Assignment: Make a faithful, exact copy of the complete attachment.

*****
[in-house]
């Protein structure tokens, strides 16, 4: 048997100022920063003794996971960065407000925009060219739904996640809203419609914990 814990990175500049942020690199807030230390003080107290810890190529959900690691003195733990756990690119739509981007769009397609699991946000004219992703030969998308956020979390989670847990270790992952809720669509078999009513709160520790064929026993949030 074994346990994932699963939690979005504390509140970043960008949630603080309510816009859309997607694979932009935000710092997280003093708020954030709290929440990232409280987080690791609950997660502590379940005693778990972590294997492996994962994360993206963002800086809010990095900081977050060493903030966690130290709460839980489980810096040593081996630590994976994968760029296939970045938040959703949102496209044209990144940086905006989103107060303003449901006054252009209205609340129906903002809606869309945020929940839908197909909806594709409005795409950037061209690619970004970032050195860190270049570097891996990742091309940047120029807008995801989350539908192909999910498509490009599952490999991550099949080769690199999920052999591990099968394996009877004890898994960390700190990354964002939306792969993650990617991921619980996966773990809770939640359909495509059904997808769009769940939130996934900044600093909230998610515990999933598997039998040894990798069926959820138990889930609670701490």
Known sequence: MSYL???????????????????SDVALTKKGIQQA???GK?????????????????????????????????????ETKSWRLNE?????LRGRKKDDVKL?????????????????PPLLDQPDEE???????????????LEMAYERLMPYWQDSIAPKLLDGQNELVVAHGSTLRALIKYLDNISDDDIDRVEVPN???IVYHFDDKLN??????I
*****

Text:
[in-house]
């Protein structure tokens, strides 16, 4: 048997100022920063003794996971960065407000925009060219739904996640809203419609914990 814990990175500049942020690199807030230390003080107290810890190529959900690691003195733990756990690119739509981007769009397609699991946000004219992703030969998308956020979390989670847990270790992952809720669509078999009513709160520790064929026993949030 074994346990994932699963939690979005504390509140970043960008949630603080309510816009859309997607694979932009935000710092997280003093708020954030709290929440990232409280987080690791609950997660502590379940005693778990972590294997492996994962994360993206963002800086809010990095900081977050060493903030966690130290709460839980489980810096040593081996630590994976994968760029296939970045938040959703949102496209044209990144940086905006989103107060303003449901006054252009209205609340129906903002809606869309945020929940839908197909909806594709409005795409950037061209690619970004970032050195860190270049570097891996990742091309940047120029807008995801989350539908192909999910498509490009599952490999991550099949080769690199999920052999591990099968394996009877004890898994960390700190990354964002939306792969993650990617991921619980996966773990809770939640359909495509059904997808769009769940939130996934900044600093909230998610515990999933598997039998040894990798069926959820138990889930609670701490």
Known sequence: MSYL???????????????????SDVALTKKGIQQA???GK?????????????????????????????????????ETKSWRLNE?????LRGRKKDDVKL?????????????????PPLLDQPDEE???????????????LEMAYERLMPYWQDSIAPKLLDGQNELVVAHGSTLRALIKYLDNISDDDIDRVEVPN???IVYHFDDKLN??????I